Ukraine's richest man Rinat Akhmetov and his 300,000 workers in east put money before politics
Industrialist worries continued unrest will make Ukraine’s already dire economy worse
In the rumbling debate over the future of eastern Ukraine, where attacks blamed on pro-Russian separatists have turned increasingly bloody, neither the country's richest man nor some of his dirt-poor compatriots have much time for patriotism, ethnic feuding or political parties.
Rinat Akhmetov, an industrialist whose business empire employs 300,000 people, and who may be the single most powerful man in the eastern part of the country, focuses on one topic: money.
It is also the main concern of most of the people he employs - and that sentiment may turn into a force of unity as Ukraine votes in presidential elections today.
"You cannot feed people on guns," Akhmetov said in a televised statement a few days ago, dismissing the gunmen as "savages" and calling for an end to the fighting. "Nor can you ever build a strong economy without good jobs and salaries.
"If some of you believe that [the separatists] are leading us to success. This is a mistake," he said. "They are leading to collapse, poverty and hunger."
The miners and steelworkers of eastern Ukraine have a long history of involvement in politics, including a series of strikes that helped hasten the fall of the Soviet Union.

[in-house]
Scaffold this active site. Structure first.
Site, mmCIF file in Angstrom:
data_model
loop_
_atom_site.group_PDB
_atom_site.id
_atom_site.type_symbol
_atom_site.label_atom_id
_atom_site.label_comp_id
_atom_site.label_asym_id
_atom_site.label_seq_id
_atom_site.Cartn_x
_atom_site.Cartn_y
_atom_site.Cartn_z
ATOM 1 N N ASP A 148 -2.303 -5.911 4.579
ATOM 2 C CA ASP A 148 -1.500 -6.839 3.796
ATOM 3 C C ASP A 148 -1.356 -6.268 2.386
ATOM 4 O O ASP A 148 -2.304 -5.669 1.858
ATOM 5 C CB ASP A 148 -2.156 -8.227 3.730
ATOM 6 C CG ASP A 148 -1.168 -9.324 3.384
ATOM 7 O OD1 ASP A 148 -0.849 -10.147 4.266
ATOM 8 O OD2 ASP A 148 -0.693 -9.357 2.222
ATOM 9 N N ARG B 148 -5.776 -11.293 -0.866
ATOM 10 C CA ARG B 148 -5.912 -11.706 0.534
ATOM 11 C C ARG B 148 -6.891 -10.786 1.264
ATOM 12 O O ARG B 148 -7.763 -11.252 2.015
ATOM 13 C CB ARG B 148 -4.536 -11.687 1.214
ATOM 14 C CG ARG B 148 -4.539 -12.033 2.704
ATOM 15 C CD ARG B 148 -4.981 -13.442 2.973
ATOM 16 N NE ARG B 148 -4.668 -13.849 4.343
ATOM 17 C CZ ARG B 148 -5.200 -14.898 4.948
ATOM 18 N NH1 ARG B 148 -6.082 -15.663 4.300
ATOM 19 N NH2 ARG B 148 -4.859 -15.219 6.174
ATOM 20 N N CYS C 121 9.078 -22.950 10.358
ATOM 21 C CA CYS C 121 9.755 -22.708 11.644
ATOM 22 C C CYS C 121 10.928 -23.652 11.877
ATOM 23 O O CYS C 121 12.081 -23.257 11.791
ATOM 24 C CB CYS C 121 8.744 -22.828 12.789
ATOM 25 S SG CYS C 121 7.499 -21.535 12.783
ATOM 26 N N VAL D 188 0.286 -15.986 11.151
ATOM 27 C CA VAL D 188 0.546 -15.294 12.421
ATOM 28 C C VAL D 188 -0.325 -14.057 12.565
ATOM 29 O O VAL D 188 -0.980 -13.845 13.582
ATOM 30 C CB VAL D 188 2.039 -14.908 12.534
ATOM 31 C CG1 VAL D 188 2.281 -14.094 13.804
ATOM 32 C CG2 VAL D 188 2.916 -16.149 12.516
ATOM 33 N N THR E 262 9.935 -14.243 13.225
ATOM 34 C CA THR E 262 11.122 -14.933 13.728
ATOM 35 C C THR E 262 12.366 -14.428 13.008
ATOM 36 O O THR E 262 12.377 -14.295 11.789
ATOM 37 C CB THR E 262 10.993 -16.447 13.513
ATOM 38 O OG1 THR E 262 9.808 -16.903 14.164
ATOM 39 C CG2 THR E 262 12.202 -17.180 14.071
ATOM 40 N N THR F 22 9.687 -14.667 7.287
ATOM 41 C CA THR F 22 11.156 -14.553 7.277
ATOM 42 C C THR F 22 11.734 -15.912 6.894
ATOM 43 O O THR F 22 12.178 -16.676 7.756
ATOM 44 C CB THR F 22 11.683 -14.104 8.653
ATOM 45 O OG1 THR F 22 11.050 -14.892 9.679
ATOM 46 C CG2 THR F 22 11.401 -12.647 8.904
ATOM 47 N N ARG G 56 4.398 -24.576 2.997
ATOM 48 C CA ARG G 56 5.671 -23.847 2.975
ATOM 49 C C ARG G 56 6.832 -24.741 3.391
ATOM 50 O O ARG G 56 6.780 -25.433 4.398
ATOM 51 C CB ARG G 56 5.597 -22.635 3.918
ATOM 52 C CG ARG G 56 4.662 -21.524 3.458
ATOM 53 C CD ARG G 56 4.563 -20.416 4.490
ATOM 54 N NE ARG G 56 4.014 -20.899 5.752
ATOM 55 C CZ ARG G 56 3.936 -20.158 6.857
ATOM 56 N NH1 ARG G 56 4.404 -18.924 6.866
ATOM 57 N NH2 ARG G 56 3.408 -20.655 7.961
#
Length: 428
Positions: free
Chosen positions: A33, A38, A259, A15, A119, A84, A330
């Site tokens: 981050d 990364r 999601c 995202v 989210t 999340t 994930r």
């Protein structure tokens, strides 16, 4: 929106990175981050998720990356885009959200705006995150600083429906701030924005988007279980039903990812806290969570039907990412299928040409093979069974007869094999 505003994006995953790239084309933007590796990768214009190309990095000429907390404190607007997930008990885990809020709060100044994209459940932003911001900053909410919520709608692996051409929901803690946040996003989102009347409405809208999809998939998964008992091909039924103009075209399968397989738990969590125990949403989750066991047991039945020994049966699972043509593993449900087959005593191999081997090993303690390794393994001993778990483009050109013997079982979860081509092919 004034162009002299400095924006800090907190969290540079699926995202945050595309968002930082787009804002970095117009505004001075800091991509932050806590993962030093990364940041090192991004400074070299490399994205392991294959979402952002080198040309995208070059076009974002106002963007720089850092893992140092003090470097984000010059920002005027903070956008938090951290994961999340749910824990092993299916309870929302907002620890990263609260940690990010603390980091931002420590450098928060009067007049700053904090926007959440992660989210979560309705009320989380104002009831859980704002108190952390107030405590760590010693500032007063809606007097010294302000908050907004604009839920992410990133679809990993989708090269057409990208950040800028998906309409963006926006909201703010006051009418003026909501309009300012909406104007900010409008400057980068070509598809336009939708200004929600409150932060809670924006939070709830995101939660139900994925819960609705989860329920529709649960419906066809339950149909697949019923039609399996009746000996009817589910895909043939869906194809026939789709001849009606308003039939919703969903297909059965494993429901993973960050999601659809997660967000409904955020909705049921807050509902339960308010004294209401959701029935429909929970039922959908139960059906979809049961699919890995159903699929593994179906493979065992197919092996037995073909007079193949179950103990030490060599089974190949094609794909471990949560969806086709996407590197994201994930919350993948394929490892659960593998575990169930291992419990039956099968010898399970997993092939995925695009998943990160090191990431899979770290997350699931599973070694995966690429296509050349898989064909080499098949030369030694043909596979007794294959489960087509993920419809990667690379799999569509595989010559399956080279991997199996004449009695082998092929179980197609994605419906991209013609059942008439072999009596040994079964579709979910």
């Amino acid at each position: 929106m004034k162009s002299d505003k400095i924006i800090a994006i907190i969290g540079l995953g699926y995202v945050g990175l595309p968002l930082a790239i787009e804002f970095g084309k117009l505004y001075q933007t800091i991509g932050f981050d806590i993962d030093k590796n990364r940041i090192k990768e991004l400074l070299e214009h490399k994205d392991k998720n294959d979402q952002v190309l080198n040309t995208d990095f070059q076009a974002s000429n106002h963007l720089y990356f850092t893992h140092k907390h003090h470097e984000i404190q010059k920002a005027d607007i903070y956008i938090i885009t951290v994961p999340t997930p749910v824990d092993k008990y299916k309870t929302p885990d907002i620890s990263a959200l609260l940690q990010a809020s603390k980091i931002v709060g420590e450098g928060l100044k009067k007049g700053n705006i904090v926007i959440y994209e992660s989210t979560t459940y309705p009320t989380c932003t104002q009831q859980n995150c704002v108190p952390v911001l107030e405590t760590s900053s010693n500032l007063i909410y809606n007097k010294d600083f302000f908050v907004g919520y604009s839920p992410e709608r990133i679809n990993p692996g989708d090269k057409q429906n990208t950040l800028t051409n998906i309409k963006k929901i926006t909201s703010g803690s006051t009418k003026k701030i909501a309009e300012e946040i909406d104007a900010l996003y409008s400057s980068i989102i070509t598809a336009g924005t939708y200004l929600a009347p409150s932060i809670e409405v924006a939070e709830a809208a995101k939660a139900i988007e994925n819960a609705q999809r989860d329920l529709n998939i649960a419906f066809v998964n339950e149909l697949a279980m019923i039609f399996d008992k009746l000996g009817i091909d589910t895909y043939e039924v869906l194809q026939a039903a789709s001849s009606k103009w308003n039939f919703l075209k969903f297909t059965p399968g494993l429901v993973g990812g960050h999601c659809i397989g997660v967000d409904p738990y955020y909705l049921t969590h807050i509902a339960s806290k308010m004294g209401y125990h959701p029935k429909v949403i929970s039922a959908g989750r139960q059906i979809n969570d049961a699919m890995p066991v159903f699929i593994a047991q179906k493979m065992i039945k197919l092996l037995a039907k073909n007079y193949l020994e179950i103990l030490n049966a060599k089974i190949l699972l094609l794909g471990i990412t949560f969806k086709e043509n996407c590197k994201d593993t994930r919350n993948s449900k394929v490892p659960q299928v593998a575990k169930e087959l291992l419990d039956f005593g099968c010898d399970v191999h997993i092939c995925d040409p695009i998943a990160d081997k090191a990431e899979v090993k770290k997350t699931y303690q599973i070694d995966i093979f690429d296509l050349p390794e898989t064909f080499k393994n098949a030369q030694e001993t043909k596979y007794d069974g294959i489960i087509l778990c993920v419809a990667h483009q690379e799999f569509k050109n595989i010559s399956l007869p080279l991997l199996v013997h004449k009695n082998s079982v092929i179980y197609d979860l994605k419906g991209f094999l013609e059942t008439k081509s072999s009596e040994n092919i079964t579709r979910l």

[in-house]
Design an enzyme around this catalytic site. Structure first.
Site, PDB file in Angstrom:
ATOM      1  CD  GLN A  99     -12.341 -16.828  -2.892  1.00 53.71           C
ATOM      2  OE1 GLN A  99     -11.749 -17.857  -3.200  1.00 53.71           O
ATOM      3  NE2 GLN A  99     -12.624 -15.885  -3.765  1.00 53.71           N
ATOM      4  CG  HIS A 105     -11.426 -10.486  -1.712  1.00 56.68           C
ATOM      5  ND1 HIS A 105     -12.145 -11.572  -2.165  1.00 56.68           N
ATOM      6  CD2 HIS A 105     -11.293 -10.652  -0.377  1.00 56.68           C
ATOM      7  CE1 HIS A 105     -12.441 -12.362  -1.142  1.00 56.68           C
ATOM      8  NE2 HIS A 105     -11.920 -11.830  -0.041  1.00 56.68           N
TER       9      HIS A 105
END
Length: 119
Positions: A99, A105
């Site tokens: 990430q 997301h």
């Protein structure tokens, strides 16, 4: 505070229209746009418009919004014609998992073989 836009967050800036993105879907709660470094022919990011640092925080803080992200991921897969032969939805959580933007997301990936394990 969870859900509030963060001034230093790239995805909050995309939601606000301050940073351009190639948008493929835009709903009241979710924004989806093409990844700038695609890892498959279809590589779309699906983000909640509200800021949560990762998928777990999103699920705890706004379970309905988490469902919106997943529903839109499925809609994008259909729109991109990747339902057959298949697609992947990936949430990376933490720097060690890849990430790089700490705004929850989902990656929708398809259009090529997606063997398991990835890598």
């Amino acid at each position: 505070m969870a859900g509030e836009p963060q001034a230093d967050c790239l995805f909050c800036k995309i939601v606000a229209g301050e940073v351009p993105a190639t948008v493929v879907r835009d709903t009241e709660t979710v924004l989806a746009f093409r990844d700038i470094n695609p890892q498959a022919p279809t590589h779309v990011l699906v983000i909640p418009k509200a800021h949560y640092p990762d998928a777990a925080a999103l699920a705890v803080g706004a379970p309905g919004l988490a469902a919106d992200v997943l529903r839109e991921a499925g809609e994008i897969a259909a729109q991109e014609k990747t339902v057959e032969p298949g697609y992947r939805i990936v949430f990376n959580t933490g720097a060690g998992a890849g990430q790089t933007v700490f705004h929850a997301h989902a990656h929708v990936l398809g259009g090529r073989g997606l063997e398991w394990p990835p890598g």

This time their focus is economic: fearful of losing their jobs, most industrial workers in the region have steered well clear of politics, limiting support for the separatist movement.
Asked on a recent day about this weekend's ballot, coal miner Olheg Krishtal wouldn't answer. "That's a question for the politicians," he said, arriving at his shift at a Donetsk mine. "We will deal with industry, and the politicians will do the politics." The miners "want to get home, alive and healthy", he said. "We don't need guns in the street."
Clearly worried about his own empire if the unrest continues, Akhmetov's dominance in the region appears to have helped keep large numbers of blue-collar workers from turning to the separatist movement.
A little over a week ago, workers from Akhmetov's steel factories, working with police, took government buildings away from insurgents in Mariupol, an industrial port city on the Sea of Azov, dealing a serious blow to the anti-Kiev forces that allegedly want to merge this part of Ukraine with Russia. Every day, workers at his factories are called together for pro-unity rallies.
The message at the rallies is straightforward. "If we support the [separatist] Donetsk Republic, no one will recognise us. We'll be in a grey zone. No one will send us raw materials. We'll have no one to export to," Yuri Zinchenko, who runs a Mariupol steel factory in Akhmetov's empire, told workers last week.